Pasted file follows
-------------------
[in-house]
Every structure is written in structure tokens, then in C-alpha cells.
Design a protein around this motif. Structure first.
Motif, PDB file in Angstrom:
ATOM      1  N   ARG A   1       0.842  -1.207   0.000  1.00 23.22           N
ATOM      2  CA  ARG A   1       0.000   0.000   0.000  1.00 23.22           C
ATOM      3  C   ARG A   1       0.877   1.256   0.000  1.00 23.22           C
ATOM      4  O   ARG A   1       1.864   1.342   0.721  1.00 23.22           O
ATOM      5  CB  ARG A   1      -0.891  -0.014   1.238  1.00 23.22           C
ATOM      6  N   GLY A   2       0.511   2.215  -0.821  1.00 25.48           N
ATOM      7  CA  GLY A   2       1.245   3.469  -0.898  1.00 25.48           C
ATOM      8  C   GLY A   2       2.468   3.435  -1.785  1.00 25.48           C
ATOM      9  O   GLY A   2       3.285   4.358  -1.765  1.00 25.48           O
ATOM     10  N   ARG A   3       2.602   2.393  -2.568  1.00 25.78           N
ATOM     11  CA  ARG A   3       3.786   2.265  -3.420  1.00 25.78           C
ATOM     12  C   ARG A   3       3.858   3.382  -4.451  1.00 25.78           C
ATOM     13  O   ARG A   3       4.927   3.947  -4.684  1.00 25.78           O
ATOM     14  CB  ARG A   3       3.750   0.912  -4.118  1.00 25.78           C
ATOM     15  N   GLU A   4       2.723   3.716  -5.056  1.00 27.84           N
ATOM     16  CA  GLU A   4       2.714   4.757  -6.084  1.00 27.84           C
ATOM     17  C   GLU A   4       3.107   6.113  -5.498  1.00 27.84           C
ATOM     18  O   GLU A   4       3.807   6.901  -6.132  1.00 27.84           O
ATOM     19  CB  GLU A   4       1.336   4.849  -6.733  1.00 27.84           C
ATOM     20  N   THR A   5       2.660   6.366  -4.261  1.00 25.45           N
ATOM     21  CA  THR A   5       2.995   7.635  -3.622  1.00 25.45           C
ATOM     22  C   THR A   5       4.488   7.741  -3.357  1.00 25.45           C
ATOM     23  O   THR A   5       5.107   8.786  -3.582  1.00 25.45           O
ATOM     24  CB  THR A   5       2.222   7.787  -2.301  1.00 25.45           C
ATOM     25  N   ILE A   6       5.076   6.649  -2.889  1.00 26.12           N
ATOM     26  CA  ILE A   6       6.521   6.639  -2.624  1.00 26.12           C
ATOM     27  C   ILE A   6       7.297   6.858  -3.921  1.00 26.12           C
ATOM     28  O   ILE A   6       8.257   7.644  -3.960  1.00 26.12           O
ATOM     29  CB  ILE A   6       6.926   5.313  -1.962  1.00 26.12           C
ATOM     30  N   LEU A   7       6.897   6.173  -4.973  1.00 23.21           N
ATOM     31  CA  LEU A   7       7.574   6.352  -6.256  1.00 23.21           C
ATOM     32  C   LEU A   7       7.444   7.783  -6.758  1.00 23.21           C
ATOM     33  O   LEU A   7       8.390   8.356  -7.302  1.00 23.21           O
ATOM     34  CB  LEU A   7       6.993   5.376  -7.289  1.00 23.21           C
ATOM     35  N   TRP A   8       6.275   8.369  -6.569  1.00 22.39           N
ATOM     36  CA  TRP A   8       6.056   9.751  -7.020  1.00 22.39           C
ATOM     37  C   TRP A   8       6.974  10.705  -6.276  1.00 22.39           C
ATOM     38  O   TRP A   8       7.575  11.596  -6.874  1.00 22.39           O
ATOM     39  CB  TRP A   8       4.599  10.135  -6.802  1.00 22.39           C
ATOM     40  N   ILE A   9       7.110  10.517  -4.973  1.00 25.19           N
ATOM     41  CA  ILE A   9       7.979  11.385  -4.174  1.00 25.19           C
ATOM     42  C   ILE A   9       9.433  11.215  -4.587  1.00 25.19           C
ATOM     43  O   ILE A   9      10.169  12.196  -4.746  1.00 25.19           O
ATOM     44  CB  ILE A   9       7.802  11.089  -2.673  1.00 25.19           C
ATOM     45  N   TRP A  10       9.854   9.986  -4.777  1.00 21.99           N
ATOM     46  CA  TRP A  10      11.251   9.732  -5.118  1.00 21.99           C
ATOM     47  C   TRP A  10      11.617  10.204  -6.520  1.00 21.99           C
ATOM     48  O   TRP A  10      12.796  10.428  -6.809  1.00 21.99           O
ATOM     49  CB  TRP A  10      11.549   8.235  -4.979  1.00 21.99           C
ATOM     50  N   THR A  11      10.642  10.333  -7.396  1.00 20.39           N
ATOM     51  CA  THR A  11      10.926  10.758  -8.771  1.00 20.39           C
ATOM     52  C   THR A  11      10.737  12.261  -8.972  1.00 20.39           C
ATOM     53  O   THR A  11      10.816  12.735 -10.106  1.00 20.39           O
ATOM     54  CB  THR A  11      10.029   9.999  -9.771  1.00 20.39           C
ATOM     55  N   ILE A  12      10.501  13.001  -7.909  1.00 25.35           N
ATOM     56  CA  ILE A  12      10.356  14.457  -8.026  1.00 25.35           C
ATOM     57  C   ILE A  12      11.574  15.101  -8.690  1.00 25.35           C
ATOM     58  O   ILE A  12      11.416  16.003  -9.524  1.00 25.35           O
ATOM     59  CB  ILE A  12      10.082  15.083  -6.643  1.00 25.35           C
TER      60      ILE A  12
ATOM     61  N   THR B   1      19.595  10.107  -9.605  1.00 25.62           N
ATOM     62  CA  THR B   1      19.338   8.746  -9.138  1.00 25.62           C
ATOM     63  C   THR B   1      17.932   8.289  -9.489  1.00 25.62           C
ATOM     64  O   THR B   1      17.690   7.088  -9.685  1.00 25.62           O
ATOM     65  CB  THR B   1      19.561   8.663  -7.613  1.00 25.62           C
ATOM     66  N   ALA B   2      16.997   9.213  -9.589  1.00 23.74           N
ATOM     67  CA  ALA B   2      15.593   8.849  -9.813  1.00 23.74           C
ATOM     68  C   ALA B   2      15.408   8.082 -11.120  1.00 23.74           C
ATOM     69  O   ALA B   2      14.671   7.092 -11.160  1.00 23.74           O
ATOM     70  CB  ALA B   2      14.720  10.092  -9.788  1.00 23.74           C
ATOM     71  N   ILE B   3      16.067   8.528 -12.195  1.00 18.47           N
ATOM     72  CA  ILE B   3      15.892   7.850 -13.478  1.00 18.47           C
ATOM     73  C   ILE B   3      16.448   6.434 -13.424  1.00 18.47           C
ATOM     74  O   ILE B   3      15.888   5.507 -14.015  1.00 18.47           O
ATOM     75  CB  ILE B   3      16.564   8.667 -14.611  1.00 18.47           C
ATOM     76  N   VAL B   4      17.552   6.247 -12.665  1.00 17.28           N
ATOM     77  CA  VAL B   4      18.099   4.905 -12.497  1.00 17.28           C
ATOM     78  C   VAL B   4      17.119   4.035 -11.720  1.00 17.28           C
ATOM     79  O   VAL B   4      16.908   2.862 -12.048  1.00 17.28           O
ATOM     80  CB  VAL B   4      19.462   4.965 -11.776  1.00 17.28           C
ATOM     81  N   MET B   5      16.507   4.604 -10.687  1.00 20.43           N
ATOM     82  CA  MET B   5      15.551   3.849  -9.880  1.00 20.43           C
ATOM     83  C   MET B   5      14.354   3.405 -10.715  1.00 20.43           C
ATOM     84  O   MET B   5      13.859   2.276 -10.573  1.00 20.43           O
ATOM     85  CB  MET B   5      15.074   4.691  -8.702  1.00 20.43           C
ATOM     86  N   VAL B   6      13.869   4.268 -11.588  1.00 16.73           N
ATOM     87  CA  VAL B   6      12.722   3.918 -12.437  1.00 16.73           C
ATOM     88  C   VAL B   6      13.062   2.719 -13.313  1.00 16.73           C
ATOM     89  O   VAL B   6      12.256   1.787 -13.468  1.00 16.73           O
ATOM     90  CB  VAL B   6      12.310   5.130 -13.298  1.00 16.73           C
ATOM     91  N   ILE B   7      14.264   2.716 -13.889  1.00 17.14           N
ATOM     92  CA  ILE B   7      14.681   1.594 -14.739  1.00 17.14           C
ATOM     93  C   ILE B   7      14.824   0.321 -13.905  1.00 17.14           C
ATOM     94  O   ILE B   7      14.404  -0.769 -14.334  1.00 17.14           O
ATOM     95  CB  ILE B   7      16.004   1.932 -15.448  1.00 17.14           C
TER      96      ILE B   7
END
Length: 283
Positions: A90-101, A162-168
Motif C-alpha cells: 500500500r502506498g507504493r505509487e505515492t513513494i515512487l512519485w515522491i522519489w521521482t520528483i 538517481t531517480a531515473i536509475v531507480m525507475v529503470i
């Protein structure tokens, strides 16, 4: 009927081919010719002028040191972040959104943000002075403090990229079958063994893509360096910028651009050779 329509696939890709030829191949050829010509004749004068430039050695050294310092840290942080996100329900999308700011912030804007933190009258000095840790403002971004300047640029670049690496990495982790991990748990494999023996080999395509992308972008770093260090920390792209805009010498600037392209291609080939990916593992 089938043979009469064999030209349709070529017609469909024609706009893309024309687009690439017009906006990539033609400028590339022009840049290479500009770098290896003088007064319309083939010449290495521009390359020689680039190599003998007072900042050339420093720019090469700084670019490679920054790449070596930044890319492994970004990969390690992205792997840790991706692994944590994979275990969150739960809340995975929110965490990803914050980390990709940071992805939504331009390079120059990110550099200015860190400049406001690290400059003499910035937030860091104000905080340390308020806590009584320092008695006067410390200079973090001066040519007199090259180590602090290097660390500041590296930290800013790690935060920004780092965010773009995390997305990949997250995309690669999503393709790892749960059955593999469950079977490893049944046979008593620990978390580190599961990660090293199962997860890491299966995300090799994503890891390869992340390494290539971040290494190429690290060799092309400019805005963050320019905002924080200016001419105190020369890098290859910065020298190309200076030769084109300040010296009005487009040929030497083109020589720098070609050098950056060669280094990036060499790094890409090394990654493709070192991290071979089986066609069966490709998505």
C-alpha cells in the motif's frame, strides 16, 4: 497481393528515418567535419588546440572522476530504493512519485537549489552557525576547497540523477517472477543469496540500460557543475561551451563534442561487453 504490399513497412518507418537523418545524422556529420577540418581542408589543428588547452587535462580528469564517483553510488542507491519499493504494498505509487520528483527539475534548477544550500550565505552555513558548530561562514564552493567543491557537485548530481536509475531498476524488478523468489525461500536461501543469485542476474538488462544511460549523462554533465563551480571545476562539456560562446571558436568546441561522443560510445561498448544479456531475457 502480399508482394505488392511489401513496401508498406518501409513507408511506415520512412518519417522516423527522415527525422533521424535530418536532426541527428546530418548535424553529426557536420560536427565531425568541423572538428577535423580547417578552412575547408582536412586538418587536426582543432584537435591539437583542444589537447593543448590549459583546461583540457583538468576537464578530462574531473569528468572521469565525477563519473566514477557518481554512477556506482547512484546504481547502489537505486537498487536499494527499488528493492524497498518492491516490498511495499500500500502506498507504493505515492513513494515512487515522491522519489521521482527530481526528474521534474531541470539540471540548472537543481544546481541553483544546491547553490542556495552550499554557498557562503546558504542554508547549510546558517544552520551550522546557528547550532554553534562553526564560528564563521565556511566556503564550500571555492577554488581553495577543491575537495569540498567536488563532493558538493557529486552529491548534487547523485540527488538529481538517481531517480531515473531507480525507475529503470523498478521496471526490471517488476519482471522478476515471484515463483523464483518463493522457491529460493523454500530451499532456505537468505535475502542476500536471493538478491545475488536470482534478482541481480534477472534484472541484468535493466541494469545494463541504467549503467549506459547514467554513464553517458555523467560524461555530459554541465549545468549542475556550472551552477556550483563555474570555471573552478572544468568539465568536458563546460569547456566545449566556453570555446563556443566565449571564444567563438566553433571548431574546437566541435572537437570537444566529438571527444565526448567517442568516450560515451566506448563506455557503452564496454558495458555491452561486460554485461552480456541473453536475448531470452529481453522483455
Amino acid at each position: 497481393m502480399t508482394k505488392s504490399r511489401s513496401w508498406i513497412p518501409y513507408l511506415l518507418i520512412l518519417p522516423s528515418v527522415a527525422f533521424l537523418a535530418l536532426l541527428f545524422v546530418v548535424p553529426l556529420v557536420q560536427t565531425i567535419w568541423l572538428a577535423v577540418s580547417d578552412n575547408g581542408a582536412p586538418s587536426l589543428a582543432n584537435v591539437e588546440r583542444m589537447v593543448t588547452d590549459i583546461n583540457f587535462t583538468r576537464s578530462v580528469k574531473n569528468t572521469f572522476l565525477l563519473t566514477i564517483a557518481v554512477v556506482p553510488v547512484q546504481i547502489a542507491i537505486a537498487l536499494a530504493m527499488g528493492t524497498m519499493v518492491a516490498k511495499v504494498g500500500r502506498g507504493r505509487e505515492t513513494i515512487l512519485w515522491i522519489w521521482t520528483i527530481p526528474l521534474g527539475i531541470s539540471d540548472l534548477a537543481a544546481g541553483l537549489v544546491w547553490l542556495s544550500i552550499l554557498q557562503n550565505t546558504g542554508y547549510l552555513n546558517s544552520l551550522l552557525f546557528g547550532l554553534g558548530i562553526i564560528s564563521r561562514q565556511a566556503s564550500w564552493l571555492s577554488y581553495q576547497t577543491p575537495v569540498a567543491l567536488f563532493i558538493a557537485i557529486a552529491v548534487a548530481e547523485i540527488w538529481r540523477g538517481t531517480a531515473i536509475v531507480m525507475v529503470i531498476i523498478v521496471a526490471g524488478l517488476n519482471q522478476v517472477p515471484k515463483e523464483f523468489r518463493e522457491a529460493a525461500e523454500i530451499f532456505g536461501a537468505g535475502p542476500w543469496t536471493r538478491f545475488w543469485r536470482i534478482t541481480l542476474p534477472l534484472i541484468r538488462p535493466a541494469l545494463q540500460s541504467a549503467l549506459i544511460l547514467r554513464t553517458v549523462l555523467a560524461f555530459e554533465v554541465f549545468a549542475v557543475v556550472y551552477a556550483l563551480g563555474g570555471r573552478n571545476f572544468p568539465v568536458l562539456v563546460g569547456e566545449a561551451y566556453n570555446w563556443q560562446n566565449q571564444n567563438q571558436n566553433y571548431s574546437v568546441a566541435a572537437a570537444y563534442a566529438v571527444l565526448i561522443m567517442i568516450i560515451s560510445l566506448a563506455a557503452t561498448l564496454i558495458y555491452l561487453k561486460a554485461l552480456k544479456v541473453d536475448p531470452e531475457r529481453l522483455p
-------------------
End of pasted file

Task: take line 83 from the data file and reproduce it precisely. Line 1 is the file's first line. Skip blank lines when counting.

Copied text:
ATOM     79  O   VAL B   4      16.908   2.862 -12.048  1.00 17.28           O